Tesla is about to bring its battery technology to another project in South Australia, the state with the largest percentage of renewable energy in the country. Infigen Energy announced on Wednesday plans to use Tesla Powerpacks to build a 25-megawatt (or 52 megawatt-hour) battery energy storage system to store power from the nearby wind farm and keep the lights on.
It’s the latest in a series of Tesla battery projects in the state, including the 100-megawatt world’s largest battery in Hornsdale that resulted from a bet with CEO Elon Musk. Around a third of the state’s energy comes from renewables, but a 50-year storm event in September 2016 caused a statewide blackout. The event spurred a US$400 million investment in protections like batteries that can store up energy for later use. Infigen’s US$27 million development, US$7 million of which will be joint funded equally by the state government and the Australian Renewable Energy Agency, will be located by the 279-megawatt Lake Bonney Wind Farm and connect up to the national electricity market.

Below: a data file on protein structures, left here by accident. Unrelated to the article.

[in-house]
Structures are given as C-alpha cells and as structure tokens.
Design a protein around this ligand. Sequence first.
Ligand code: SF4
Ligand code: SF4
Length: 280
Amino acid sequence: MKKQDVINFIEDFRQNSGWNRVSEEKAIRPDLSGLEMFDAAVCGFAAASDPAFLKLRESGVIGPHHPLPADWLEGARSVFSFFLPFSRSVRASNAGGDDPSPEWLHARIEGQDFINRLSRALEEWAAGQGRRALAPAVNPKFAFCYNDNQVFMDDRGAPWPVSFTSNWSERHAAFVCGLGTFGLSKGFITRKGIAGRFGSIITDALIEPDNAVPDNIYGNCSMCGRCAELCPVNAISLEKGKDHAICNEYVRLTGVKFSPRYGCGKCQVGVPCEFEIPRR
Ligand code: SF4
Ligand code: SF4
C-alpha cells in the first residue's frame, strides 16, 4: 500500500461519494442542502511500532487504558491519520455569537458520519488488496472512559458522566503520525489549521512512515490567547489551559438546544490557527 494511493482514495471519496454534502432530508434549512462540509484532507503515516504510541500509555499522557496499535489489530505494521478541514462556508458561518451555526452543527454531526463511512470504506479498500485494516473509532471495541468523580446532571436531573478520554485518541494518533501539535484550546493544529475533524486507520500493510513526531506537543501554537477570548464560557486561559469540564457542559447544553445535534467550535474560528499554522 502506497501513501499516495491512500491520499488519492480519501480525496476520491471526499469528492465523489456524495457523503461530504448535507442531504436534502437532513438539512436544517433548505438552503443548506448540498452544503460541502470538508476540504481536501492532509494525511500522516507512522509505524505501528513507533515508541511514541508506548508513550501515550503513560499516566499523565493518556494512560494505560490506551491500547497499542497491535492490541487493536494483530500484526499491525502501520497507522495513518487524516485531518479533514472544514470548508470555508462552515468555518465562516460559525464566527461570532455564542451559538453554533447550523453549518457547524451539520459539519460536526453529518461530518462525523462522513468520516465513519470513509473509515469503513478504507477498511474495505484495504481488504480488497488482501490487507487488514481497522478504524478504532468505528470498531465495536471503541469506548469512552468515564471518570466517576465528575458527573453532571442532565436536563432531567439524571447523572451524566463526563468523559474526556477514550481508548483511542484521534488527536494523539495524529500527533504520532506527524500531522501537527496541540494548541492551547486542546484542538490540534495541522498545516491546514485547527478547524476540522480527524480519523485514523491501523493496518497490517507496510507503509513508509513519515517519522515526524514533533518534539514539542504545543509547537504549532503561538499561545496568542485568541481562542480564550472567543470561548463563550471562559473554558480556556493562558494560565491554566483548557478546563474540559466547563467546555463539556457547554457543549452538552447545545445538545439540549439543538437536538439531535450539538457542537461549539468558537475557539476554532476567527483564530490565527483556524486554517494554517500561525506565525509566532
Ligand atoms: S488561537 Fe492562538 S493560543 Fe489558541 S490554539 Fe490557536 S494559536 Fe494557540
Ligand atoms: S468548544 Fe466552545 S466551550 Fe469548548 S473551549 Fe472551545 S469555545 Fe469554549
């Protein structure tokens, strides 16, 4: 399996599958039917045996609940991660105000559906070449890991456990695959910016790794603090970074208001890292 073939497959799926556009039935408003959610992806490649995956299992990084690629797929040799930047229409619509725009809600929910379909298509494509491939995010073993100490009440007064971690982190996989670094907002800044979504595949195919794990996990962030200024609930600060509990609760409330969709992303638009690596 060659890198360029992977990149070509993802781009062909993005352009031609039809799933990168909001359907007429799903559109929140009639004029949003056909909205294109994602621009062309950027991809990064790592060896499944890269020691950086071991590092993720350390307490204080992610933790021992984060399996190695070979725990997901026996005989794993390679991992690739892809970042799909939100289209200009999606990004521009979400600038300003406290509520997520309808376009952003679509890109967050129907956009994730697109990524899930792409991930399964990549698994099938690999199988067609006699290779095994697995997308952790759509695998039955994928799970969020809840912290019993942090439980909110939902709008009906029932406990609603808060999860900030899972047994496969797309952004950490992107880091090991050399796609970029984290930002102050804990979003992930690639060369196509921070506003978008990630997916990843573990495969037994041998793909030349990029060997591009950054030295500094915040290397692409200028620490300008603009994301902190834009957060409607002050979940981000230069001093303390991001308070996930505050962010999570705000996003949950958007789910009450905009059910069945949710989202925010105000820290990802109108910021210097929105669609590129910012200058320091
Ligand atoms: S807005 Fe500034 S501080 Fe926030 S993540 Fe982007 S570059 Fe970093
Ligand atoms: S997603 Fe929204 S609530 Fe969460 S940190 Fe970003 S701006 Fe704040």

The wind farm comprises 46 Vesta V66 and 66 Vesta V90 turbines, connected to the grid with a 132 kilovolt high-voltage line. The battery system will store energy during times of low prices, normally when the wind is blowing hard, and distribute it out when prices are high. The batteries will take a minimum of two hours to charge. Infigen’s control system will work alongside Tesla’s in-house Powerpack technology, the same product that wowed observers when the Hornsdale installation plugged a surprise power failure in just 140 milliseconds.
“The Marshall Government are strong supporters of increasing battery storage to harness the full potential of South Australia’s abundant renewable energy and the lower prices that will be delivered to households and businesses,” Dan van Holst Pellekaan, South Australia’s minister for energy, said in a statement.
Infigen expects construction to start in the coming weeks. While construction is underway, Tesla is also working to start rollout of Powerwall 2 batteries and solar panels to 50,000 homes, forming a giant virtual power plant backed by the state government.
Tesla is paving the way for South Australia’s renewable energy future.